I got a question a few days ago from our site members regarding “nutritional balance”. This is the question and I am glad she asked it:
“Just a question regarding diets. Do you think the nutritional balanace makes any difference in a any diet given that the claoric intake remains the same?
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Nutritional Balance is a diet that consists of all healthy food groups (Carbohydrates, Fats, Proteins), Minerals, Vitamins, Water and Fibre.
“Any given diet” to me has a purpose and the purpose of that diet for 99.9% of us is improving body composition, health and performance. Your short term and long term goal will dictate the nutritional balance of your diet. However, a balance that improves ONE factor (body composition, performance, health) at the cost of another is predisposed to fail. In other words, you won’t be able to sustain it for long without destroying one or few markers of health (energy level, nutrient deficiency, muscle loss, brain function, etc...). True, calories are still calories, but nutritional balance does matter cause you have to improve all three factors not just one.
Most popular diets will improve one (make you lose weight, for example) at the cost of another (feeling drained and lethargic all day and poor sleep quality). Sounds familiar? Next time you want to go on weird called diet remember nutritional balance.
What percentage of the diet has to be carbohydrates, fats, proteins or fibre really depends on the individual’s lifestyle, bodyweight, muscle mass, age.
As a general rule,
You need minimum about 0.8 grams of protein per Kg body weight. This translates into 55 grams of protein per day for a 150 pound individual. However, this is the minimum daily protein requirement. If you engage in intense physical activities you will need something from 1.4 to 2.0 grams of protein per Kg of body mass. Optimal protein intake is essential for immune system function, metabolism, performance and weight management so I wouldn’t have anyone below 1 gram per Kg body mass.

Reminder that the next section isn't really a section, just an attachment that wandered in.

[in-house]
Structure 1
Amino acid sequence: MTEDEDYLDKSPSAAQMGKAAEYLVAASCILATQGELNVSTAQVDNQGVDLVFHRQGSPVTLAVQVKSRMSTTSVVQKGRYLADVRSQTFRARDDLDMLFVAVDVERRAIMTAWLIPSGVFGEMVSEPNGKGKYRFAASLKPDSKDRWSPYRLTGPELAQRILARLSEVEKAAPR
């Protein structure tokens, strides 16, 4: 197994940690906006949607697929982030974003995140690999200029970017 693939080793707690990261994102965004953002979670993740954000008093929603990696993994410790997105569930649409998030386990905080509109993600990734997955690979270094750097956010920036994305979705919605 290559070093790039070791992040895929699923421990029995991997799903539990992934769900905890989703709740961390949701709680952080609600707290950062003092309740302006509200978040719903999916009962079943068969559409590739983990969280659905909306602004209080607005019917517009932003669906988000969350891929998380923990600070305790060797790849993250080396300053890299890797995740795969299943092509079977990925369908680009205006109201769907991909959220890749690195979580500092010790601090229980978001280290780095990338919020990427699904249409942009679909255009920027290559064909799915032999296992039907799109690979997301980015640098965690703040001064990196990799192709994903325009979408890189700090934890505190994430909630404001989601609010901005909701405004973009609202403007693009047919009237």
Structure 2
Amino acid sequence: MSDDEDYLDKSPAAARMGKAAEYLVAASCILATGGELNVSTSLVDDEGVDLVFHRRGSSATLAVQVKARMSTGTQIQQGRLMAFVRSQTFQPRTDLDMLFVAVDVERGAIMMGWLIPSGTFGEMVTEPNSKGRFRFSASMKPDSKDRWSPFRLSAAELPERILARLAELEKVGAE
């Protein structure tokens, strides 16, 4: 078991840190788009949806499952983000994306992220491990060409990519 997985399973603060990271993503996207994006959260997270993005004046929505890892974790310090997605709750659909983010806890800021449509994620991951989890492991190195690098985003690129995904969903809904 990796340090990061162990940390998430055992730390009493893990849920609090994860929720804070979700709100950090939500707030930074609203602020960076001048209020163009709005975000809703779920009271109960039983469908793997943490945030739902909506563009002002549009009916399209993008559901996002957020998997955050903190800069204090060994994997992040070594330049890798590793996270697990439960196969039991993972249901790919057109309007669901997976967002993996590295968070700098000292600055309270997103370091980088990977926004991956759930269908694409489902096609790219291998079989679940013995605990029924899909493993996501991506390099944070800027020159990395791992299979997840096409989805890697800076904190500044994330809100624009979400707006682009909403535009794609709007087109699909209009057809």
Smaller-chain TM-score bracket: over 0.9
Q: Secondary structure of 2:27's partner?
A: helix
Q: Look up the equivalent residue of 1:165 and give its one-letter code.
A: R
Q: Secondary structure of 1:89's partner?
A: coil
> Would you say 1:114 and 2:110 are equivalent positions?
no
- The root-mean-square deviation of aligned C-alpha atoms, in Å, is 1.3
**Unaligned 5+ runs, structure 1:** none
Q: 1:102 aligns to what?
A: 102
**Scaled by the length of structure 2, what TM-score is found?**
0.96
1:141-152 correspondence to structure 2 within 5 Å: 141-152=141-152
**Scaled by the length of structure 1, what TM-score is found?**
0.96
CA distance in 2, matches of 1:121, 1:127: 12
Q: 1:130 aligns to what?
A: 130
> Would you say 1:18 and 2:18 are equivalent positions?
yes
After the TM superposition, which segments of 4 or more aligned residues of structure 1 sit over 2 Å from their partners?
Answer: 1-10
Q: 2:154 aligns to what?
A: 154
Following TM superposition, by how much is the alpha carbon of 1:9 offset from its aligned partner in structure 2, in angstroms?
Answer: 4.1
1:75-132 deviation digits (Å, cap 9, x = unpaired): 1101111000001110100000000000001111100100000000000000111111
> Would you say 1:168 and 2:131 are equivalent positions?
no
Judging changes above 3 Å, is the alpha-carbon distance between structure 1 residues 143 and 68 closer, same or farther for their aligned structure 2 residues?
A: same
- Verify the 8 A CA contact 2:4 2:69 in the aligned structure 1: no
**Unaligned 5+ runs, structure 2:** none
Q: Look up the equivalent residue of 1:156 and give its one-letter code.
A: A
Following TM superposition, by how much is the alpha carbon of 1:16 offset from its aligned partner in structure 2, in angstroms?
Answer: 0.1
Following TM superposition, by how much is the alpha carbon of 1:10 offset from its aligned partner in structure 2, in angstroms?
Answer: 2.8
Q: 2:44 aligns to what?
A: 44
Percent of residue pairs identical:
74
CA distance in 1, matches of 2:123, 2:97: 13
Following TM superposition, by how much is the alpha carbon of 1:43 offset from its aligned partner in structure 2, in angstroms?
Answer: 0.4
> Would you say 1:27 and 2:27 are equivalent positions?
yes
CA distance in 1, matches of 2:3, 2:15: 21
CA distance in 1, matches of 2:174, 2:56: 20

130 grams of carbohydrate is the minimum I would suggest per day. If you want to lose fat aggressively you could go as low as 50 grams of carbs per day (note that overall calorie intake should not go too low or you are going to reduce your base metabolic rate in the long run). The intake of dietary carbohydrates should be inversely proportional to dietary fat intake. The more fat in the diet, the less carbohydrate. The more carbohydrate, the less fat. However, you don’t need to take it so far. Most people would even look better if they stay about 200 grams of carbs per day. The more active you are the more you will need above the (130 grams per Kg body mass) baseline.
Dietary fat is also an important energy source. In fact, it’s the most energy dense macronutrient – I guess this is where the idea of nuts are fattening is coming from in Pakistan. But in no sense they are bad for you. They are extremely essential for manufacture and balance of hormones, in the formation of our cell membranes, in the formation of our brain and nervous system (if you have studied in Pakistan you must have heard your teachers telling you to have almonds right? They knew almond is good for you but didn’t know why. Yes, it provides your brain with essential nutreints), and in the transport of the fat solube vitamins A, D, E, and K. Moreover, dietary fat provides two essential fatty acids that the body can’t make – Omega 6 fatty acids (plenty in nuts, eggs) and Omega 3 fatty acids (found in Fish Oil, Flaxseed, Chia Seeds and Sesame seeds). The healthiest dietary fats are coconut oil, olive oil, palm oil, fish oil, fats found in nuts, and also to some extend the fat in beef and other protein sources. The worse fat and the ones you should avoid at all costs is transfats and vegetable oil (the hydrogenated fats that is used in restaurants). Transfats not only raise the bad cholesterol they also lower the good cholesterol and are related to a host of diseases.
Minimum fibre intake per day is 25 grams. Average American diet has about 10 grams per day. The average Pakistani diet is no better as far as fibre is concerned. Moreover, the Pakistani diet has the highest amount of unhealthy oils. Optimal amount should be 35 grams for women and 48 grams per day for men. Fibre increases satiety, lowers blood fat and cholesterol, reduces risk of colon cancer, regulates intestinal motility, and boosts overall gut health. That’s why I am such a big fan of green leafy vegies. Note: process foods and fast foods have ZERO carbs in them.
However, you don’t need to obsess over weighing your macronutrients (carbs, proteins, fat) right now. Keep your diet free of fast foods and processed foods, don’t eat foods that have a shelf life, consume the good fats (fish oil, olive oil, and nuts), have lots of vegetables, consume fresh fruits (keep this reasonable not too much), have lean proteins (meat, fish, organic poultry etc) and consume mostly low glycemic carbohyrates (whole wheat, brown rice etc) and you will be well on your way to wellness and health.